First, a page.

Solar farm, data center approved for Chesterfield ‘megasite’

megasite map

A map of the 1,675-acre tract proposed for the megasite. (Photos courtesy Chesterfield County)

The site of two controversial development proposals that never came to pass is now slated to be filled with solar panels and computing storage buildings.

Four months after the project was pitched, Chesterfield County supervisors last week unanimously approved a plan to develop a solar farm and data center complex on 1,500 acres of the nearly 1,700-acre tract previously proposed for the so-called “Matoaca Mega Site.”

A site map shows potential data center locations. Click to enlarge.

While a few county residents who spoke in a public hearing expressed concerns about the project’s impacts on nearby homes and wildlife habitat, the level of local opposition that last year put a stop to the megasite proposal was not seen this go-round. The plan by Colorado-based Torch Clean Energy was more warmly received by observers in general.

“This proposal before us now looks more attractive than those other two projects, for sure,” said Mike Uzel, who led a citizens group called Bermuda Advocates for Responsible Development in opposing the industrial megasite proposal, which followed a previously approved zoning for a mixed-use development consisting of 5,000 homes that never went forward.

Torch plans to fill about 500 acres of the site with a solar farm that would generate 150 megawatts to primarily power an adjoining data center or centers, which would be built on about 300 acres and employ about 100 workers. A user or users for the data center component have yet to be identified.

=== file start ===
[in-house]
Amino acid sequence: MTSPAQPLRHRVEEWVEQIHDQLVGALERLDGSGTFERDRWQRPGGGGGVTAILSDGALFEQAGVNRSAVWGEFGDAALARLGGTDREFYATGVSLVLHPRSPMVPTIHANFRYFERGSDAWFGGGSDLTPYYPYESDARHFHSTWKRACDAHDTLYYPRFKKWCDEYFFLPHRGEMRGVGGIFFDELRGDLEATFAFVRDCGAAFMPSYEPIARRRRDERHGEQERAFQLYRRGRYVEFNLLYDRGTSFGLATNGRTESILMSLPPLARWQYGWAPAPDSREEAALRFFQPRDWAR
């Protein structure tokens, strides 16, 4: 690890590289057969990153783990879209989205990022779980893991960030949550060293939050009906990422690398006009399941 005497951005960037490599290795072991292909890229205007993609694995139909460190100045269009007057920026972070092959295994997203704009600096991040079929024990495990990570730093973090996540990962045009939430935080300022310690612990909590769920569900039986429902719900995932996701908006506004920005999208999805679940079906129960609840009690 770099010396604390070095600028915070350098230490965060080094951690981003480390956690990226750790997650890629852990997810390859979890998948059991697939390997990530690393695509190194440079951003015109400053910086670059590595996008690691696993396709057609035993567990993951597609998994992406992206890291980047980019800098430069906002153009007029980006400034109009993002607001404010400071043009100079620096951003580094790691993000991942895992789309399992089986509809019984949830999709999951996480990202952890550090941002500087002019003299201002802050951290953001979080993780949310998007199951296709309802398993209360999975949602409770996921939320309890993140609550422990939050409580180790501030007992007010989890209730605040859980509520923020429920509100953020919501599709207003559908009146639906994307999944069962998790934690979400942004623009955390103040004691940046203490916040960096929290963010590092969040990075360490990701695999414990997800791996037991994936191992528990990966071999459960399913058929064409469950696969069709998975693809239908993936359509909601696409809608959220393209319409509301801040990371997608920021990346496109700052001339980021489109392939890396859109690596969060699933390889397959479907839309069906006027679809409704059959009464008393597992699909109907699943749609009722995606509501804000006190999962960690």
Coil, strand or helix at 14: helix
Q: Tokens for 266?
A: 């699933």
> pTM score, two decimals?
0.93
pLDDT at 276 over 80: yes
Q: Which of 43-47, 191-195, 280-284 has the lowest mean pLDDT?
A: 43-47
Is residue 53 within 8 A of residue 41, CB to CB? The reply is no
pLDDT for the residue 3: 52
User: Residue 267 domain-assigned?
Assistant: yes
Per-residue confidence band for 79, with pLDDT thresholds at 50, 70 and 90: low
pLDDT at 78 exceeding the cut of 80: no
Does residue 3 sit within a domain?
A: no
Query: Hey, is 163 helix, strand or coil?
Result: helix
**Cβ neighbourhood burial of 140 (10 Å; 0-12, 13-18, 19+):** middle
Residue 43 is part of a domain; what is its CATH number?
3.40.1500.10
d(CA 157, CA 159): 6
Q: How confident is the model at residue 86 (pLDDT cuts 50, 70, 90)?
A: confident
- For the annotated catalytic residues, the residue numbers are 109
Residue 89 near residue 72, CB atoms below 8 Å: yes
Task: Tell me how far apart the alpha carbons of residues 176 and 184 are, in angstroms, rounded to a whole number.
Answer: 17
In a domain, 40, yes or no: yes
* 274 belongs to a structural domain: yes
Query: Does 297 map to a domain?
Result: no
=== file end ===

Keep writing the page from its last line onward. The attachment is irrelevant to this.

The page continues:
A $2B investment

A map showing locations for the solar panels. Click to enlarge.

Coined “Chester Solar Technology Park,” the development would represent a $2 billion investment in the site, with as many as four data centers with a total building footprint of about 1 million square feet, along with supporting infrastructure including a power substation and switchyard, an above-ground water storage tank and a sewage pumping station.

An east-west connector road previously proposed for the megasite is not included in Torch’s plan. The county’s approval allows the site to be used as a solar farm for about 35 years, after which the use would need to be renewed or, if the solar farm is decommissioned, right-of-way dedication for the road then could begin.

The project does set aside a 30-foot easement around the perimeter of the property for a trail that would be built when the data center is developed. A conservation area around a lake on the property is also planned.

The plan also calls for 300-foot setbacks between the data centers and roads, and a 400-foot setback for any backup power supply for the center – well above the 100-foot setback required by county ordinance.

Torch worked with McGuireWoods attorney Brennen Keene on its rezoning application and presentations to the county. Timmons Group handled engineering work.

Another solar project

As that project secured approval, another proposal involving solar is making its way through Chesterfield’s development review process.

Cypress Creek Renewables, a company based in California, is proposing a solar farm on nearly 330 acres southeast of Eppes Falls and River roads in the county’s Winterpock area. The Chesterfield Planning Commission this month voted in favor of the project, which goes to supervisors at their Oct. 23 meeting.

Earlier this year, Chesterfield adopted an ordinance specific to solar facilities, addressing such things as locations of facilities and transmission lines, site layout and access, operation and design, health and safety, construction activities and decommissioning.

Solar farms have been sprouting elsewhere around Richmond in recent years. In 2017, Henrico County approved a 71,000-panel farm on 93 acres of a 230-acre parcel along Meadow Road. Urban Grid, a solar company based in Maryland, was behind that project.

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